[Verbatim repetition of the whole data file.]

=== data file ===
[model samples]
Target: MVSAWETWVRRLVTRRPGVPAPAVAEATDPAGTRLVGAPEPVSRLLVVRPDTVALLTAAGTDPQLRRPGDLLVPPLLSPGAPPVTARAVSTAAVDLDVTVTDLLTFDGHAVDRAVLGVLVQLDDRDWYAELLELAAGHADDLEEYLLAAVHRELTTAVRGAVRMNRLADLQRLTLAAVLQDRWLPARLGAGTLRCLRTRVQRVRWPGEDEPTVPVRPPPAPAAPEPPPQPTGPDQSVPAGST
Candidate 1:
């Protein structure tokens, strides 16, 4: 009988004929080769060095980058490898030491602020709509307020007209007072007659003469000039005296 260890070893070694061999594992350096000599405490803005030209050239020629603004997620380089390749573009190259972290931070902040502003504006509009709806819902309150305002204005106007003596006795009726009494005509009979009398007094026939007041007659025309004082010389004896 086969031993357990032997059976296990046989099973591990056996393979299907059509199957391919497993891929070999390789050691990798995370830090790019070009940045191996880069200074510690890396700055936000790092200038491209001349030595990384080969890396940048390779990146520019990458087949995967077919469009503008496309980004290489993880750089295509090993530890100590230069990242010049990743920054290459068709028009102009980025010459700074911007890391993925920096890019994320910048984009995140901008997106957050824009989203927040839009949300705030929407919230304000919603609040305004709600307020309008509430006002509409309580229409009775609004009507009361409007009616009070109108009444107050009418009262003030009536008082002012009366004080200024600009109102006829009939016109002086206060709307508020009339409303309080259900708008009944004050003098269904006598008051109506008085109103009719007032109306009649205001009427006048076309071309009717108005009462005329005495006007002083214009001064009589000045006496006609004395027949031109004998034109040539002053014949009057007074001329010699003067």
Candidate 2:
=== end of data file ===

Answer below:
[model samples]
Target: MVSAWETWVRRLVTRRPGVPAPAVAEATDPAGTRLVGAPEPVSRLLVVRPDTVALLTAAGTDPQLRRPGDLLVPPLLSPGAPPVTARAVSTAAVDLDVTVTDLLTFDGHAVDRAVLGVLVQLDDRDWYAELLELAAGHADDLEEYLLAAVHRELTTAVRGAVRMNRLADLQRLTLAAVLQDRWLPARLGAGTLRCLRTRVQRVRWPGEDEPTVPVRPPPAPAAPEPPPQPTGPDQSVPAGST
Candidate 1:
């Protein structure tokens, strides 16, 4: 009988004929080769060095980058490898030491602020709509307020007209007072007659003469000039005296 260890070893070694061999594992350096000599405490803005030209050239020629603004997620380089390749573009190259972290931070902040502003504006509009709806819902309150305002204005106007003596006795009726009494005509009979009398007094026939007041007659025309004082010389004896 086969031993357990032997059976296990046989099973591990056996393979299907059509199957391919497993891929070999390789050691990798995370830090790019070009940045191996880069200074510690890396700055936000790092200038491209001349030595990384080969890396940048390779990146520019990458087949995967077919469009503008496309980004290489993880750089295509090993530890100590230069990242010049990743920054290459068709028009102009980025010459700074911007890391993925920096890019994320910048984009995140901008997106957050824009989203927040839009949300705030929407919230304000919603609040305004709600307020309008509430006002509409309580229409009775609004009507009361409007009616009070109108009444107050009418009262003030009536008082002012009366004080200024600009109102006829009939016109002086206060709307508020009339409303309080259900708008009944004050003098269904006598008051109506008085109103009719007032109306009649205001009427006048076309071309009717108005009462005329005495006007002083214009001064009589000045006496006609004395027949031109004998034109040539002053014949009057007074001329010699003067």
Candidate 2: